The Scores of BLACK SWAN, TRUE GRIT, THE KIDS ARE ALL RIGHT, and THE FIGHTER Ineligible for Oscar

     December 20, 2010

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Bad news if you’re a Clint Mansell fan. The composer’s exceptional work for Darren Aronofsky’s Black Swan has been deemed ineligible for Oscar consideration due to its usage of music from Tchaikovsky’s Swan Lake. While not exactly a surprise, it’s still a shame considering the score’s unique, even complicated structure.

According to Variety, Carter Burwell’s scores for True Grit and The Kids Are All Right (which he composed alongside Nathan Larson and Craig Wedren) and Michael Brook’s work on The Fighter have also been disqualified. Alexandre Desplat’s score for The King’s Speech, however, which recently received a Golden Globe-nomination, has been deemed eligible despite its usage of classical works. Hit the jump for more.

For some the BIG moment of the Oscars is typically reserved for the bit where the winner of Best Picture of the year is announced. For me it’s always been the winner of Best Motion Picture Score. As a devout film score lover, I’m always intrigued to see what the Academy of Motion Picture Arts and Sciences deems the Best Score of the year – mainly because, having not always gotten around to seeing every nominated film each year, it’s a good place to hear the music for the first time.Inception-movie-poster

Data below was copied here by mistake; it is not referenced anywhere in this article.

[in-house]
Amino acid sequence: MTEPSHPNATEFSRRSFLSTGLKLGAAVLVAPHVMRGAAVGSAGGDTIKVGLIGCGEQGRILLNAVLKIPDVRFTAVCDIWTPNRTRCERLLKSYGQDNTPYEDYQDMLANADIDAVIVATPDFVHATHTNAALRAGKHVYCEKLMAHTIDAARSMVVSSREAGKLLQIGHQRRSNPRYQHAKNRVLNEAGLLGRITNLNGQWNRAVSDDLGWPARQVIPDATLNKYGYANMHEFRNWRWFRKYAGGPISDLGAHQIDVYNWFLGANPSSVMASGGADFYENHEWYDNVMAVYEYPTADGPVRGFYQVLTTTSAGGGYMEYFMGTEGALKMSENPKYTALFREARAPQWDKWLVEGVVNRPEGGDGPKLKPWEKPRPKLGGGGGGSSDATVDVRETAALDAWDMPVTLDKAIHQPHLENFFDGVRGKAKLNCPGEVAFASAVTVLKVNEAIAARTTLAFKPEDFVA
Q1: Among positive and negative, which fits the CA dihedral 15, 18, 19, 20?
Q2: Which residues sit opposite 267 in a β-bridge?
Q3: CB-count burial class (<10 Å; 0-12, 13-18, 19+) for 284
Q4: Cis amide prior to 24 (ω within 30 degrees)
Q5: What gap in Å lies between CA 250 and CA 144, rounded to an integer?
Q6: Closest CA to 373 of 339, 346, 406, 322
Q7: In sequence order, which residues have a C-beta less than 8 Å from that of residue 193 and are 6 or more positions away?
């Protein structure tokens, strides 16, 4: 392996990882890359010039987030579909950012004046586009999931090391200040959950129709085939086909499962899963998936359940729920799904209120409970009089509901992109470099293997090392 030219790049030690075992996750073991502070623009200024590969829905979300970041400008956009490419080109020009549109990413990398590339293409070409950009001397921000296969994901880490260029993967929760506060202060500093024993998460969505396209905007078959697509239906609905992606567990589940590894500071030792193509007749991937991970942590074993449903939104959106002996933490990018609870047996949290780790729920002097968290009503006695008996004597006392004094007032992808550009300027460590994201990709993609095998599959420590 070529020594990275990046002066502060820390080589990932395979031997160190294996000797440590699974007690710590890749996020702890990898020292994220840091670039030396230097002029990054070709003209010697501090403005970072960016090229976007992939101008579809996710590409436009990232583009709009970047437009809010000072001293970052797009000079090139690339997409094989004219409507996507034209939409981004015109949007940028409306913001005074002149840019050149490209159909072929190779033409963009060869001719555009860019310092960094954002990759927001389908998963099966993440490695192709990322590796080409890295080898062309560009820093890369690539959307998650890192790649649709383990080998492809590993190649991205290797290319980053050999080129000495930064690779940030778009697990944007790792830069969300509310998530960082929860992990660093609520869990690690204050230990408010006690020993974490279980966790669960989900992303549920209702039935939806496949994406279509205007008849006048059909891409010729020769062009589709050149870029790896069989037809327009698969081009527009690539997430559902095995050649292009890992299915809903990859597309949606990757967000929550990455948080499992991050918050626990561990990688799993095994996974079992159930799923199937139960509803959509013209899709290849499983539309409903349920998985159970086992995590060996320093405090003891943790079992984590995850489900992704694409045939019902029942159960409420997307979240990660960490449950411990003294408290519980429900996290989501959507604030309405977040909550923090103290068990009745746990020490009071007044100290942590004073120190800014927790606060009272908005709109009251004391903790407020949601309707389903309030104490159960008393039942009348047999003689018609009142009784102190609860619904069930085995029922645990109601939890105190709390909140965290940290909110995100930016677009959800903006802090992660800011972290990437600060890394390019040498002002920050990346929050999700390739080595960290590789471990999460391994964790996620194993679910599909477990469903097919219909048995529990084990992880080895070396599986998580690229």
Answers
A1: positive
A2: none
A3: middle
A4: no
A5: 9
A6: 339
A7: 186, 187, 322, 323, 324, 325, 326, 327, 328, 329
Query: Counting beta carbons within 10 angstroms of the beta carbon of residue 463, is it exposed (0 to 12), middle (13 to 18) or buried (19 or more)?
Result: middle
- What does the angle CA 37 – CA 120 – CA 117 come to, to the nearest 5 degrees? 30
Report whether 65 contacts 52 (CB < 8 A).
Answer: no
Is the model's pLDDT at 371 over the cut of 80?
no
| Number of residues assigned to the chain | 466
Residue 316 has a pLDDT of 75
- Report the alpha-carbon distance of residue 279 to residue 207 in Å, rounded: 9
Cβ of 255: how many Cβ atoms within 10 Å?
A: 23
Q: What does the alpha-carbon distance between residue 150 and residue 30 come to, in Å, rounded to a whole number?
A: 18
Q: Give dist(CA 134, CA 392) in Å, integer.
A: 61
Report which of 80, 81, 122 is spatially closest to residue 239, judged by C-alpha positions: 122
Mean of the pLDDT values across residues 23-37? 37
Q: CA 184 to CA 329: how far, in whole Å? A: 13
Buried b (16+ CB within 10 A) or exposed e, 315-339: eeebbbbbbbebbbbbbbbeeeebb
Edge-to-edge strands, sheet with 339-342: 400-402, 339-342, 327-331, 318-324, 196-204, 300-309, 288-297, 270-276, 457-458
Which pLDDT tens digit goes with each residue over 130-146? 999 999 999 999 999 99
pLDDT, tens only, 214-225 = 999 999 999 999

This year sees our tightest race in a long time, what with Desplat’s aforementioned work on The King’s Speech (personally I thought his work on Harry Potter and the Deathly Hallows – Part One and Ghost Writer was better, but that’s just me …), Hans Zimmer’s Inception, Trent Reznor and Atticus Ross’ The Social Network, and the better-be-nominated-or-I’ll-eat-a-bucket-of-sand How to Train Your Dragon score from John Powell.

I thought for sure Mansell would receive a nod for Black Swan – the score really is quite terrific. While he does utilize a large amount of Tchaikovsky’s work, I felt Mansell’s score rose above a typical rehashing and became its own beast – much in the same way Zimmer tweeked Edith Piaf’s “Non, Je Ne Regrette Rien” to formulate his own score for Inception.

Still, despite Mansell’s absence, this year is shaping up to be a dandy for soundtrack enthusiasts. Others to consider are James Newton Howard’s work on The Last Airbender and Daft Punk’s Tron Legacy. I should also mention how much I dug Fernando Velazquez’s Devil score (if you haven’t heard it, be sure to check it out).

With so many great ones to choose from, here’s hoping my BIG-Oscar moment doesn’t disappoint.

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